dren today by every first class teacher.
both private and in class, and they are
thoroughly learned and practiced, too.
at every dancing school.
"Then why is this iconoclast right?"
"Society, when it grows up, will have
none of the dainty steps, except on spe
cial occasions. For the last five years,
at least, the two-step and waltz have
alternated on fashionable dance pro
pound, the average price obtained at
the sale, was $49,255.20. This gave a
net profit to the growers of $25,675.94
or 108.8 per cent. The profits per acre
were as follows: Of baled tobacco, ex
elusive of trash, there were obtained
1.144 pounds per acre; the cost of this
was approximately $657.17 per acre; the
value, at $1.20 per pound, was $1,372.80,
giving a net profit of $715.63.
8100 REWARD, f 100.
The readers of this paper will be pleased
to learn that there la at least one dreaded
disease that iclence has been able to cure
In all Its stages and that Is Catarrh. Hall's
Catarrh Cure Is the only positive cure
now known to the medical fraternity. Ca
tarrh being a constitutional disease, re
quires a constitutional treatment. Hall
Catarrh Cure Is taken Internally, acting;
ilrf.ctly upon the blood and mucous sur
faces of the system, thereby destroying
the foundation of the disease, and giving;
the patient strength by building up the
constitution and assisting nature in ao
Ing its work. The proprietors have so
much faith in Its curative powers, that
they offer one Hundred Dollars for any
case that It falls to cure. Send for list of
Address. F. J. CHENEY ft Co.,
Sold by Druggist. 75c.
Hall's Family Pills are the best
Mr. Seddon'B decision to retain the
premiership and remain In New Zea
land fell like a bombshell (says the
London Chronicle) in the New Zealand
parliamentary arena. During his ab
sence at the coronation reports crystal
lized into conviction that he would re
turn to New Zealand only to wind up
his affairs before taking up a high ap
pointment in South Africa. Private
letters from himself are said to have
conveyed broad hints in the same direc
tion. The only point that seemed to be
In doubt was as to whether the high
appointment in question was under the
imperial government or a company car
rying on extensive opeartions in South
Africa. It is now generally understood
that Mr. Seddon was approached, that
negotiations were in progress for some
time, and that ultimately the project
Mothers will find Mrs. Winslow'e
Soothing' Syrup the best remedy to uBe
for their children during the teething
The Swiss engineer, M. Ug, the prin
cipal minister of Emperor Menellk, has
returned to Abyslnla, accompanied by a
number of French and Belgian finan
ciers whom he has succeeded in inter
esting in the Djl boutl Adls Abeda rail
way. The line haa been completed as
far as Harar, but want of capital pre
vented lta extension. However, M. Ilg,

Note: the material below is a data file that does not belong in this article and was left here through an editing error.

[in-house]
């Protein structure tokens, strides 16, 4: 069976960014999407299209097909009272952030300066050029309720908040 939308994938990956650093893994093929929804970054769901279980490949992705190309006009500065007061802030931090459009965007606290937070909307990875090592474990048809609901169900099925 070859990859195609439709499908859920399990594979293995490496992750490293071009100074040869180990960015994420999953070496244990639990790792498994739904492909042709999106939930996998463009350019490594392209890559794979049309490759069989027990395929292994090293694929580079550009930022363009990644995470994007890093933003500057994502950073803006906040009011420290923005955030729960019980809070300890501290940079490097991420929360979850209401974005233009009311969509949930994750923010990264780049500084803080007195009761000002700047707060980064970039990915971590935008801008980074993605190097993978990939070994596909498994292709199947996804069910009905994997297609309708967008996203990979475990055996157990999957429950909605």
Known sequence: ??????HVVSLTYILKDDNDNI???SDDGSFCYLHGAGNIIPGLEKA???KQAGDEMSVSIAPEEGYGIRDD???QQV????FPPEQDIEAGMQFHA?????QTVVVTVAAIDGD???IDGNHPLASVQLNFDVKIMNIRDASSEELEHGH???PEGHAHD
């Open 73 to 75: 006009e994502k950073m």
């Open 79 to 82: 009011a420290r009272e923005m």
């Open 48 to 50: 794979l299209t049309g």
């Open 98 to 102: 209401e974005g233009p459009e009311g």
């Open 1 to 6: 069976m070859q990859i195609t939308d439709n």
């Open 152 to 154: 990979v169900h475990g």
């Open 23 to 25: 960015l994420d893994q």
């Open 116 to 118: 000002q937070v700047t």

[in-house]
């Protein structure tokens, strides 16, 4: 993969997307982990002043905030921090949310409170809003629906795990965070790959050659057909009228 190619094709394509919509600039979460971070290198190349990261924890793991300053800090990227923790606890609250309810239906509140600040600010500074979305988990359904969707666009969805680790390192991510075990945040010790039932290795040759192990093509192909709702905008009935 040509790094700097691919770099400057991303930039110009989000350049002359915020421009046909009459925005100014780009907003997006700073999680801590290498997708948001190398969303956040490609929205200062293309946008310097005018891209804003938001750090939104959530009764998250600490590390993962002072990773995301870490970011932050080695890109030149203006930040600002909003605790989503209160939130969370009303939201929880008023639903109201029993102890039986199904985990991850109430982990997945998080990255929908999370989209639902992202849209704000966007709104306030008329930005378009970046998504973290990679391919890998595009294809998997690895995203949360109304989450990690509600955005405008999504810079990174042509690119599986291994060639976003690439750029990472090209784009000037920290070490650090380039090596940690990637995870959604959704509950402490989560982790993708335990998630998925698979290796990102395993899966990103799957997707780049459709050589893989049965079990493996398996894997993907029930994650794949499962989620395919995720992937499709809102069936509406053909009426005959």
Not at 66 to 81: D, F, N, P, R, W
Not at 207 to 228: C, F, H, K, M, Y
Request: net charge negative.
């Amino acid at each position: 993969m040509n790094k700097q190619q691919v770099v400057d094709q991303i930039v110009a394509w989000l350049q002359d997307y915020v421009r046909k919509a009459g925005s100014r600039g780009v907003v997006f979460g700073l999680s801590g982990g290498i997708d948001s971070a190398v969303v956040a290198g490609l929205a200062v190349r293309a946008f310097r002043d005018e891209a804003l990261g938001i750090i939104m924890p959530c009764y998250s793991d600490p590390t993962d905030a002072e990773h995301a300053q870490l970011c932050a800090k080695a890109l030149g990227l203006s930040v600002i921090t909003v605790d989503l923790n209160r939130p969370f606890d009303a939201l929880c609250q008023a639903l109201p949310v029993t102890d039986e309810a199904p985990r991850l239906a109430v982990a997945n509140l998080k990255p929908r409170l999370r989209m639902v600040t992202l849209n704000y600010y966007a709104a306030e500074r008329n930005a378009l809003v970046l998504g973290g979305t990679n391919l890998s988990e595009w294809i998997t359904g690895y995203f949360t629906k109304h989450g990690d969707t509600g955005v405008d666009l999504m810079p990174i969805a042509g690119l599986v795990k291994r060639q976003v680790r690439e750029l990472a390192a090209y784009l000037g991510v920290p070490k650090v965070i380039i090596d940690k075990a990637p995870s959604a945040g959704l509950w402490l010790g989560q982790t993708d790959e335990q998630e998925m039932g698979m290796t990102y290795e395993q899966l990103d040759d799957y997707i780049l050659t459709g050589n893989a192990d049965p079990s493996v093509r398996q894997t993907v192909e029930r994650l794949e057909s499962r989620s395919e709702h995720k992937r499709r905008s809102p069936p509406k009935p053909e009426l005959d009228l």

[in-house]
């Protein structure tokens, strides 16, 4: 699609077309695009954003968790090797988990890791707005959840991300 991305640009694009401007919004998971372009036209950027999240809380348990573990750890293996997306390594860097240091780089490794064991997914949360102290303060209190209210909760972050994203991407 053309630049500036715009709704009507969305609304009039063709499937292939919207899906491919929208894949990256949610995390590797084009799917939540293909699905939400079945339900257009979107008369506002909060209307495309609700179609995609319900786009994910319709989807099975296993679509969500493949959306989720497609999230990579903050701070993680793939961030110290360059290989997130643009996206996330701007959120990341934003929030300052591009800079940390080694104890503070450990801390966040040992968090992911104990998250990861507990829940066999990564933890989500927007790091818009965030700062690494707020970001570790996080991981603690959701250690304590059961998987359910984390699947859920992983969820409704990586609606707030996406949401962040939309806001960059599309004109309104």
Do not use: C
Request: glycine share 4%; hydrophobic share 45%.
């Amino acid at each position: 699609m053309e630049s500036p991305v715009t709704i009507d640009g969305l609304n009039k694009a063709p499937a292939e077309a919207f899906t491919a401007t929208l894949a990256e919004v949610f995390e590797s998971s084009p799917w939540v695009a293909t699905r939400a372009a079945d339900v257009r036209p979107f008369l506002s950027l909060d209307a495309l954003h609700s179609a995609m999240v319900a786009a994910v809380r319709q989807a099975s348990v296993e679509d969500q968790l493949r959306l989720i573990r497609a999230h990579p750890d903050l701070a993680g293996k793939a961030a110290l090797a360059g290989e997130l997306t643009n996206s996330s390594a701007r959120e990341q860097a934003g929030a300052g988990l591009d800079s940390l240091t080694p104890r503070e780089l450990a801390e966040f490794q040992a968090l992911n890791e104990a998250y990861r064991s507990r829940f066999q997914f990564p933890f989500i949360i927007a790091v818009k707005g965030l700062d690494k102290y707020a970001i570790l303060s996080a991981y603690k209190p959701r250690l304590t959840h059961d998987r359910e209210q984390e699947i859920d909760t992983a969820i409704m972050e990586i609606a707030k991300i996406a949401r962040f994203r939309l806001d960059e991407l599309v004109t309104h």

It Is reported, has sufficient capital at
band to continue the work. He will re
turn to the continent early next year
to make arrangements for the projected
European tour of the Emperor Menellk.
CASTOR I A
For Infant! and Children.
Tiis Kind You Have Always Bought
It is the declared experience of all
Arctic and Antarctic travelers that
which la commonly called in temperate
regions "raw weather" is much more
trying than the rigors of extreme high
or low altitudes. This view is emphat
ically shown by Lieut. Peary, whom a
Chlcagoan saw in Washington recently.
It was rather a chilly afternoon, and
the man of Arctic fame was closely
wrapped in a heavy overcoat, the col
lar turned up over his ears. He sat
just over a beater in a street car, and
the Chlcagoan, who felt quite comfort
able on the platform, was much surprised.
( OLIO OF EVENTSJ
M. Santos-Dumont has Just, received
the gold medal voted to him by the
Brazilian congress In commemoration
of his airship voyage round the Eiffel
Tower, Paris, on Oct. 19, 1901.
Keriyon K. Butterfleld. who was In
structor In rural sociology at the Uni
versity of Michigan, has been appoint
ed to the presidency of the Rhode Isl
and State College of Agriculture, at
The London Times' correspondent at
Wellington, New Zealand, says the New
Zealand government has resolved to
pay the freight on fodder to be sold for
the benefit of the sufferers from the
drought In Australia. The premier con
siders this no more than a neighborly
Last year was the biggest sardine
season ever known lu the history oi
the American industry. The pendulum
has swung back this year, however, for
the sardines or, to be more frank, the
little menhaden or herring are so
scarce down East that only a few of
the canneries are doing business.
Secretary Von Nostiz. of the Saxon
legation in Berlin, has been appointed
Saxony's special commissioner to the
St. Louis exposition. He will cc-operate
with Herr Iewald, the German imperial
commissioner to the exposition, in In
ducing the manufacturers of Saxony to
participate In the fair.
Secretary Hitchcock's recent order
than Indians must support, themselves
has driven a number of dignified sav
ages to the desperate issue of going to
work. Quite a lot of them along tne
stale lines of Nebraska and Soutn Da
kota have "accepted posltons" Involv
ing manual labor on the railroad tracks
In that section.
The Petit Bleu publishes a prediction
by the meteorologist, Herr Zinger, of
Prague, who is of the opinion that Mar
tinique and probably other West Indian
islands will be virtually destroyed Dy
volcanic eruptions in 1903. He points
out that the most violent volcanic dis
turbances on record have occurred In
years ending with the figure 3.
Literary people of Boston are agitat
ing for the setting up in Boston of a
tablet in honor of Edwar Allan Poe.
Poewas born there in 1809, his mother
being a leading woman at the Hay
market theater. His first book was
signed "A Bostonlan." The present
movement is one of the results of the
labors of Prof. Richardson of Dart
mouth In reviving Interest In the writ
ings and history of Poe.
The French mariners' record for big
Icebergs off Cape Horn was broken re
cently, says a San Francisco dispatch
to the Chicago Inter-Ocean, when the
British ship Anglesey, Captain Thomp
son, arrived from Newcastle, England,
nnd reported that on Sept. 20, off Cape
Horn, she sailed into a great ice field.
In the midst of which was a gigantic
Iceberg, approximately 100 miles long
and over 100 feet high.
Treasurer Wright Parker of the Wis
consin Republican state committee